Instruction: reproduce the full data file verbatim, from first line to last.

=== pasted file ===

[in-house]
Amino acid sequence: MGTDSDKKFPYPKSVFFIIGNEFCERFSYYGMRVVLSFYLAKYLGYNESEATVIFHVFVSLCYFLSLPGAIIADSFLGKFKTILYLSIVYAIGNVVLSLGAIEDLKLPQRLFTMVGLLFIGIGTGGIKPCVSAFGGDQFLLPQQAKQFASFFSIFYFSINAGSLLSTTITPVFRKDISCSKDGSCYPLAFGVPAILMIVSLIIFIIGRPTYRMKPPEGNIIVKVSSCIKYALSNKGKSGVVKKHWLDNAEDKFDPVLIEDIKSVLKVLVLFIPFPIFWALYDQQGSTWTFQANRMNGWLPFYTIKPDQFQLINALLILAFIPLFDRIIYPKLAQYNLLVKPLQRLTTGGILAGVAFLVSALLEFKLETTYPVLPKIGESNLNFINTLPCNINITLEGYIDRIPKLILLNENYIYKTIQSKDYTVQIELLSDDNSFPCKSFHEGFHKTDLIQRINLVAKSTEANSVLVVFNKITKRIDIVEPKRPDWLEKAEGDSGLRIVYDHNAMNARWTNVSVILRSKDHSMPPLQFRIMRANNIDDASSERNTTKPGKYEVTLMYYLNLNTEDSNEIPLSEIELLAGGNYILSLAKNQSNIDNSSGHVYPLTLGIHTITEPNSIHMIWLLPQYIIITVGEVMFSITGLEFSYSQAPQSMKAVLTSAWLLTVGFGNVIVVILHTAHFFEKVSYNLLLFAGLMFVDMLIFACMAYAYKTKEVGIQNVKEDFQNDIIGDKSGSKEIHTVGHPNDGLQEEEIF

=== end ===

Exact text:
[in-house]
Amino acid sequence: MGTDSDKKFPYPKSVFFIIGNEFCERFSYYGMRVVLSFYLAKYLGYNESEATVIFHVFVSLCYFLSLPGAIIADSFLGKFKTILYLSIVYAIGNVVLSLGAIEDLKLPQRLFTMVGLLFIGIGTGGIKPCVSAFGGDQFLLPQQAKQFASFFSIFYFSINAGSLLSTTITPVFRKDISCSKDGSCYPLAFGVPAILMIVSLIIFIIGRPTYRMKPPEGNIIVKVSSCIKYALSNKGKSGVVKKHWLDNAEDKFDPVLIEDIKSVLKVLVLFIPFPIFWALYDQQGSTWTFQANRMNGWLPFYTIKPDQFQLINALLILAFIPLFDRIIYPKLAQYNLLVKPLQRLTTGGILAGVAFLVSALLEFKLETTYPVLPKIGESNLNFINTLPCNINITLEGYIDRIPKLILLNENYIYKTIQSKDYTVQIELLSDDNSFPCKSFHEGFHKTDLIQRINLVAKSTEANSVLVVFNKITKRIDIVEPKRPDWLEKAEGDSGLRIVYDHNAMNARWTNVSVILRSKDHSMPPLQFRIMRANNIDDASSERNTTKPGKYEVTLMYYLNLNTEDSNEIPLSEIELLAGGNYILSLAKNQSNIDNSSGHVYPLTLGIHTITEPNSIHMIWLLPQYIIITVGEVMFSITGLEFSYSQAPQSMKAVLTSAWLLTVGFGNVIVVILHTAHFFEKVSYNLLLFAGLMFVDMLIFACMAYAYKTKEVGIQNVKEDFQNDIIGDKSGSKEIHTVGHPNDGLQEEEIF